When I first started my business seven years ago, I thought that writing would be something on the side. But writing has taken on a life of its own. This year, I was approached about a podcast and am now the host of the U.S. edition of “Wine Soundtrack”, where I interview winemakers and winery owners.
Did you get any formal education/training in wine or mixology or farming?
I started in wine as a consumer who wanted to learn the basics, and went to classes. The more I learned, the more I wanted to know. That is what I find so fascinating about the wine industry. No matter how much you know, there is so much more to learn. It is never-ending. I have taken courses, and have my WSET Level 3 Certification as well as an Italian Wine Specialist Certification through the North American Sommelier Association. I continue to learn when I visit wine regions or sit down with winemakers for interviews.
You’ve worked for many big brands, but you haven’t gone in-house since… How many years has it been? What is your secret?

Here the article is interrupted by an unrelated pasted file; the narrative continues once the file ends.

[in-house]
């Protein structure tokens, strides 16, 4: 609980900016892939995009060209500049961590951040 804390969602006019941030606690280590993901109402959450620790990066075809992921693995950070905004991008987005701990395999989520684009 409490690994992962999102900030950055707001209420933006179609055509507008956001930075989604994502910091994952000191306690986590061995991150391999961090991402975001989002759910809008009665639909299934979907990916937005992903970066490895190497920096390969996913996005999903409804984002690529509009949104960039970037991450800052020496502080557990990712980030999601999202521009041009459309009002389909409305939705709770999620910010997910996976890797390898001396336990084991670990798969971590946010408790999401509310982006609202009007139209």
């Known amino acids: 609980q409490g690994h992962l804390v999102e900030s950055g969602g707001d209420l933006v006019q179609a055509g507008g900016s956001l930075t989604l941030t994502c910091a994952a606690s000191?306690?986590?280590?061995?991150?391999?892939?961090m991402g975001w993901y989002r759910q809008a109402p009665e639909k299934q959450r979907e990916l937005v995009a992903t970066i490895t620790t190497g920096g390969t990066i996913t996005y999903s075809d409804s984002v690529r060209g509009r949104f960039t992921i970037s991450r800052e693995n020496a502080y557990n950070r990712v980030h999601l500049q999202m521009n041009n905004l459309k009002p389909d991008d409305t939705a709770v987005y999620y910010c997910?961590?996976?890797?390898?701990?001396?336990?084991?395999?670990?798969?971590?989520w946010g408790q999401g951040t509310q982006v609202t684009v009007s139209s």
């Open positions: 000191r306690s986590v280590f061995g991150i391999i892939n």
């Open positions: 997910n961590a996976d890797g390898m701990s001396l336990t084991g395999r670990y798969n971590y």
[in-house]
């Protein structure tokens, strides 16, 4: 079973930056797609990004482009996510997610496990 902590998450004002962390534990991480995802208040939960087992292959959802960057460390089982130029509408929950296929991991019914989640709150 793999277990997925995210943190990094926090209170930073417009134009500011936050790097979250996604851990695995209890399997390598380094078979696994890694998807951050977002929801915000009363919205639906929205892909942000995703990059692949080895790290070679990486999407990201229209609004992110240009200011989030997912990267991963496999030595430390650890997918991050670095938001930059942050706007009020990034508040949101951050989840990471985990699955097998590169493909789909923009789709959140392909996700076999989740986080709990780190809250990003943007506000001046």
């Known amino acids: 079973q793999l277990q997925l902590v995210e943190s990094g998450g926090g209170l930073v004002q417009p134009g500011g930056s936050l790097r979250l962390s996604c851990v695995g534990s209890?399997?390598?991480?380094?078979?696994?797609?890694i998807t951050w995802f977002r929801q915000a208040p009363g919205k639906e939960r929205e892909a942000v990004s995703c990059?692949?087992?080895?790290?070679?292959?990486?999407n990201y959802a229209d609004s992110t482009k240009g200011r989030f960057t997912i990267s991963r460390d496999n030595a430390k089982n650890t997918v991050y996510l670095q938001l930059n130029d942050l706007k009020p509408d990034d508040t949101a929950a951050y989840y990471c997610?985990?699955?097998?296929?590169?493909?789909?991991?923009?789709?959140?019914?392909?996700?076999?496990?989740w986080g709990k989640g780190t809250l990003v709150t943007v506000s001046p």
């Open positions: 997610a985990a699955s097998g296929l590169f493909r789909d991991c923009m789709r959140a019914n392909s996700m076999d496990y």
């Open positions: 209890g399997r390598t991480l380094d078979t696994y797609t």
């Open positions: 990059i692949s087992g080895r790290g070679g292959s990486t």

I started my business in June 2011 and have not looked back. I feel very lucky. I definitely have a particular niche in what I do. But I work very hard. I have developed relationships, and have developed a reputation for the work I do. I think this is the secret.
You get a lot of event/PR projects that would typically be handled by a boutique agency with multiple staffers. What makes brands believe you can do the work of many?
I believe in committing to the work I say I will do. I do not over-promise but I try to always over-deliver. I am just a one-woman show, but I have been doing this in one way or another for more than 15 years, and I think I know my business.